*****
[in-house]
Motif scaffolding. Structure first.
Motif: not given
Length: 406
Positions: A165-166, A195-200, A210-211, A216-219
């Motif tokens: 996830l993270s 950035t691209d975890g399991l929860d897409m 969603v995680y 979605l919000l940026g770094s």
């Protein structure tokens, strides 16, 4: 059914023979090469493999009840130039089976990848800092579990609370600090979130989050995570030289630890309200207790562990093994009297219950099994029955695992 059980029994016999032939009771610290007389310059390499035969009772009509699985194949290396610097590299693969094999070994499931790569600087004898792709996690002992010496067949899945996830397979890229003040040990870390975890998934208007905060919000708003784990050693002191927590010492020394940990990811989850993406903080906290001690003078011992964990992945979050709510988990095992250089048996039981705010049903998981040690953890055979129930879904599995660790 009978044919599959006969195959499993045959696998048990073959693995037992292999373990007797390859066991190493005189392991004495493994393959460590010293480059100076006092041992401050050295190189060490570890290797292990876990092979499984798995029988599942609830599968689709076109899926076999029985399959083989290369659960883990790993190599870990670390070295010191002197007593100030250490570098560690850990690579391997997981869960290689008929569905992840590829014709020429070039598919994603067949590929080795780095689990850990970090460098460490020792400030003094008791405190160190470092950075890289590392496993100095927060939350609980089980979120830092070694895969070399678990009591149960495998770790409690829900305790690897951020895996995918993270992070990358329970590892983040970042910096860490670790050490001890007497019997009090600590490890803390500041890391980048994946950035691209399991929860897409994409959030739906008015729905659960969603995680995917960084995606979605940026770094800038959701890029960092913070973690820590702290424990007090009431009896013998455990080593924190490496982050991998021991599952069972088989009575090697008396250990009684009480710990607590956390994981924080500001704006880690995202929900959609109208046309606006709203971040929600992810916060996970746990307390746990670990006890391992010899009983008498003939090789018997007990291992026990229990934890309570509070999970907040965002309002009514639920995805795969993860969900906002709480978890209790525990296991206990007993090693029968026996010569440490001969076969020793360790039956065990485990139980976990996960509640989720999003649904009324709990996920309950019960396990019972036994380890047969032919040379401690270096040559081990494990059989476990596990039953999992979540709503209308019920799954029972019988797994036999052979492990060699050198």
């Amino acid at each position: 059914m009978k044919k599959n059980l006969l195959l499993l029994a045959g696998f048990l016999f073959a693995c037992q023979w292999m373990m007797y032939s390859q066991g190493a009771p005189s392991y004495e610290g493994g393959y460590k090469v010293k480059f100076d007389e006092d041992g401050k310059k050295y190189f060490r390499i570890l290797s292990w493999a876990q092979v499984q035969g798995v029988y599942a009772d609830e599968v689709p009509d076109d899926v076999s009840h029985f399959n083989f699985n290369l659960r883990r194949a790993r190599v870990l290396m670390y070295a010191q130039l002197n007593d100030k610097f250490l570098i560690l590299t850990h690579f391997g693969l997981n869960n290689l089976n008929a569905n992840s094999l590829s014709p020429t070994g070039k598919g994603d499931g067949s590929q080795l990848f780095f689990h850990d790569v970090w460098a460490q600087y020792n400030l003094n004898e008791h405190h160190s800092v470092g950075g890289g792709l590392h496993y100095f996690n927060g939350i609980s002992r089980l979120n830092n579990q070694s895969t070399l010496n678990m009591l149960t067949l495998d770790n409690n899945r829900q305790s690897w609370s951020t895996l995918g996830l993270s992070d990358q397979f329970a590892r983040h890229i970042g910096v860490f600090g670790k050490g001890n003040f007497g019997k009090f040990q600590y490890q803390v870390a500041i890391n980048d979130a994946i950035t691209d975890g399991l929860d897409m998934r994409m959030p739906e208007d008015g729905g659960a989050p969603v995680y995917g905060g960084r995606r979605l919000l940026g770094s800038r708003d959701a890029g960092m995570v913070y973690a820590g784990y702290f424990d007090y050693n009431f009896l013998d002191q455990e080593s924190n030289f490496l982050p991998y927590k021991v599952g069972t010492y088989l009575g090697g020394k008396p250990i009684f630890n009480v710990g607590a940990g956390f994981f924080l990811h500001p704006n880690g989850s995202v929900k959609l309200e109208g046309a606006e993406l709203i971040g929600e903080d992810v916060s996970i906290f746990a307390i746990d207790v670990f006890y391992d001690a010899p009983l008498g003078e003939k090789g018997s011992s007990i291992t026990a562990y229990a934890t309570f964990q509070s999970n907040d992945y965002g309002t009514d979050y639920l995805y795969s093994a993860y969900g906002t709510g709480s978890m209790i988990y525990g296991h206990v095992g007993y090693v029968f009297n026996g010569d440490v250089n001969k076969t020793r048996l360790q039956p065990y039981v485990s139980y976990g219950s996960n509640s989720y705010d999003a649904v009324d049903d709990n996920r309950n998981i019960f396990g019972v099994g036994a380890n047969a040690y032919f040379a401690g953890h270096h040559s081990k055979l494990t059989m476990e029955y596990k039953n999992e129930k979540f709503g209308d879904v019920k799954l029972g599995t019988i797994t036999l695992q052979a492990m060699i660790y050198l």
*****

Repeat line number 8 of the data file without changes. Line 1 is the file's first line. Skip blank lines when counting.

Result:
């Amino acid at each position: 059914m009978k044919k599959n059980l006969l195959l499993l029994a045959g696998f048990l016999f073959a693995c037992q023979w292999m373990m007797y032939s390859q066991g190493a009771p005189s392991y004495e610290g493994g393959y460590k090469v010293k480059f100076d007389e006092d041992g401050k310059k050295y190189f060490r390499i570890l290797s292990w493999a876990q092979v499984q035969g798995v029988y599942a009772d609830e599968v689709p009509d076109d899926v076999s009840h029985f399959n083989f699985n290369l659960r883990r194949a790993r190599v870990l290396m670390y070295a010191q130039l002197n007593d100030k610097f250490l570098i560690l590299t850990h690579f391997g693969l997981n869960n290689l089976n008929a569905n992840s094999l590829s014709p020429t070994g070039k598919g994603d499931g067949s590929q080795l990848f780095f689990h850990d790569v970090w460098a460490q600087y020792n400030l003094n004898e008791h405190h160190s800092v470092g950075g890289g792709l590392h496993y100095f996690n927060g939350i609980s002992r089980l979120n830092n579990q070694s895969t070399l010496n678990m009591l149960t067949l495998d770790n409690n899945r829900q305790s690897w609370s951020t895996l995918g996830l993270s992070d990358q397979f329970a590892r983040h890229i970042g910096v860490f600090g670790k050490g001890n003040f007497g019997k009090f040990q600590y490890q803390v870390a500041i890391n980048d979130a994946i950035t691209d975890g399991l929860d897409m998934r994409m959030p739906e208007d008015g729905g659960a989050p969603v995680y995917g905060g960084r995606r979605l919000l940026g770094s800038r708003d959701a890029g960092m995570v913070y973690a820590g784990y702290f424990d007090y050693n009431f009896l013998d002191q455990e080593s924190n030289f490496l982050p991998y927590k021991v599952g069972t010492y088989l009575g090697g020394k008396p250990i009684f630890n009480v710990g607590a940990g956390f994981f924080l990811h500001p704006n880690g989850s995202v929900k959609l309200e109208g046309a606006e993406l709203i971040g929600e903080d992810v916060s996970i906290f746990a307390i746990d207790v670990f006890y391992d001690a010899p009983l008498g003078e003939k090789g018997s011992s007990i291992t026990a562990y229990a934890t309570f964990q509070s999970n907040d992945y965002g309002t009514d979050y639920l995805y795969s093994a993860y969900g906002t709510g709480s978890m209790i988990y525990g296991h206990v095992g007993y090693v029968f009297n026996g010569d440490v250089n001969k076969t020793r048996l360790q039956p065990y039981v485990s139980y976990g219950s996960n509640s989720y705010d999003a649904v009324d049903d709990n996920r309950n998981i019960f396990g019972v099994g036994a380890n047969a040690y032919f040379a401690g953890h270096h040559s081990k055979l494990t059989m476990e029955y596990k039953n999992e129930k979540f709503g209308d879904v019920k799954l029972g599995t019988i797994t036999l695992q052979a492990m060699i660790y050198l």